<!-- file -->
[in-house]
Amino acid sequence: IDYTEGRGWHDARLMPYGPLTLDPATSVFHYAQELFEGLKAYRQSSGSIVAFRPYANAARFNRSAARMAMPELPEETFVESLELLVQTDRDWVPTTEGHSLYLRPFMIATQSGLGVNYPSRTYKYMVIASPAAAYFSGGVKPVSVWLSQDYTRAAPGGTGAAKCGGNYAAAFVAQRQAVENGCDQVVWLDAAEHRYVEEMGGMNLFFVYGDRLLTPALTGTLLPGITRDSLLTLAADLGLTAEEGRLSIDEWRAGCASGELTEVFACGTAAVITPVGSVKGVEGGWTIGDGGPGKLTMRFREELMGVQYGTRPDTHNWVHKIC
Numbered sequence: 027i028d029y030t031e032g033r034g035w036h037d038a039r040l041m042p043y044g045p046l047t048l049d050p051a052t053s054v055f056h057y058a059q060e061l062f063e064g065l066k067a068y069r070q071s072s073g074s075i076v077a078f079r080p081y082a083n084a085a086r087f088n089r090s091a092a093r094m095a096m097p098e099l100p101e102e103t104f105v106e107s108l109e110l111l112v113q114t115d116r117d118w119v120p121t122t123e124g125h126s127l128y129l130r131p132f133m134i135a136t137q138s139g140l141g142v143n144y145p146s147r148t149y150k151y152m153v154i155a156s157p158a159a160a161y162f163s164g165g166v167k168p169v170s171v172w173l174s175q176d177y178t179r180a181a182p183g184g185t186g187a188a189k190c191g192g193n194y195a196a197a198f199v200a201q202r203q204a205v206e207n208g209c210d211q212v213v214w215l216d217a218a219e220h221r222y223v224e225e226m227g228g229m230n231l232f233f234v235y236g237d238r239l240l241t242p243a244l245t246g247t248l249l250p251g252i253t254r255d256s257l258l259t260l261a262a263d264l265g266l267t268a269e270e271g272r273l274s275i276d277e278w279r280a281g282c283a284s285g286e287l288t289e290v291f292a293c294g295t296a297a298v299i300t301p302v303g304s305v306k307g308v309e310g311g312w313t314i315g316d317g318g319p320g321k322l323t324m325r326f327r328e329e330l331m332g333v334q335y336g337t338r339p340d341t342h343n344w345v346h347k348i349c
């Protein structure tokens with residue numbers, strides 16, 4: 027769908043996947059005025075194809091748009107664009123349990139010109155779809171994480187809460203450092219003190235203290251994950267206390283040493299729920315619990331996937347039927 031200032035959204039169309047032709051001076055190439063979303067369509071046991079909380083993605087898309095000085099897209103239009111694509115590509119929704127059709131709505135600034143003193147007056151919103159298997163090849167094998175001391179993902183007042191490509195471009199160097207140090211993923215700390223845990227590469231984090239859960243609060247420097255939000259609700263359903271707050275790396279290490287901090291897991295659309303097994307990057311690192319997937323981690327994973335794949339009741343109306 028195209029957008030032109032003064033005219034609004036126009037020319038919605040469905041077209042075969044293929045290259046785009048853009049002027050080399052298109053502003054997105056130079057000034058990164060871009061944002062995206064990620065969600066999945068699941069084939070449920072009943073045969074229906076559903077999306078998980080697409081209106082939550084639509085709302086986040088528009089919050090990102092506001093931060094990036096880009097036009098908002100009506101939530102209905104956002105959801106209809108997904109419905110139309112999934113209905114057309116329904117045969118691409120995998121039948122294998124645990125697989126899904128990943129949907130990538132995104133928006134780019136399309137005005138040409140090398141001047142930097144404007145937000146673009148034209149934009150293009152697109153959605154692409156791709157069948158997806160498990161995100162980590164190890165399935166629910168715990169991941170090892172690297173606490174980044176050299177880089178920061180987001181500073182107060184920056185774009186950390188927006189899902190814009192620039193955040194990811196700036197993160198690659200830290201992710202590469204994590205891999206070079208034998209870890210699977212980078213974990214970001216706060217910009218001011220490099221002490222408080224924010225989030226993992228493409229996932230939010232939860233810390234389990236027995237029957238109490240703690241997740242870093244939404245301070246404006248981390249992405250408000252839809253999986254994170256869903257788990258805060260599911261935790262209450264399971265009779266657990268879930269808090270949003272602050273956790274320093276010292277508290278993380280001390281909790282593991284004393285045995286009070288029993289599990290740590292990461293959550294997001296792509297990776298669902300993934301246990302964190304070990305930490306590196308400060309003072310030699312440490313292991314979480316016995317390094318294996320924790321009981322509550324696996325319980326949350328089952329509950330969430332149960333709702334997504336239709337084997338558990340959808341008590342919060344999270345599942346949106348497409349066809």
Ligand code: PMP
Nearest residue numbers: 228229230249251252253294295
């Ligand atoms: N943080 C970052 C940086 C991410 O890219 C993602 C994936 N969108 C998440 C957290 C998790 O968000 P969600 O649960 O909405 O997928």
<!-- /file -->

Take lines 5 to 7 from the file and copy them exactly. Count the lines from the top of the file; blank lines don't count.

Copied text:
Ligand code: PMP
Nearest residue numbers: 228229230249251252253294295
């Ligand atoms: N943080 C970052 C940086 C991410 O890219 C993602 C994936 N969108 C998440 C957290 C998790 O968000 P969600 O649960 O909405 O997928």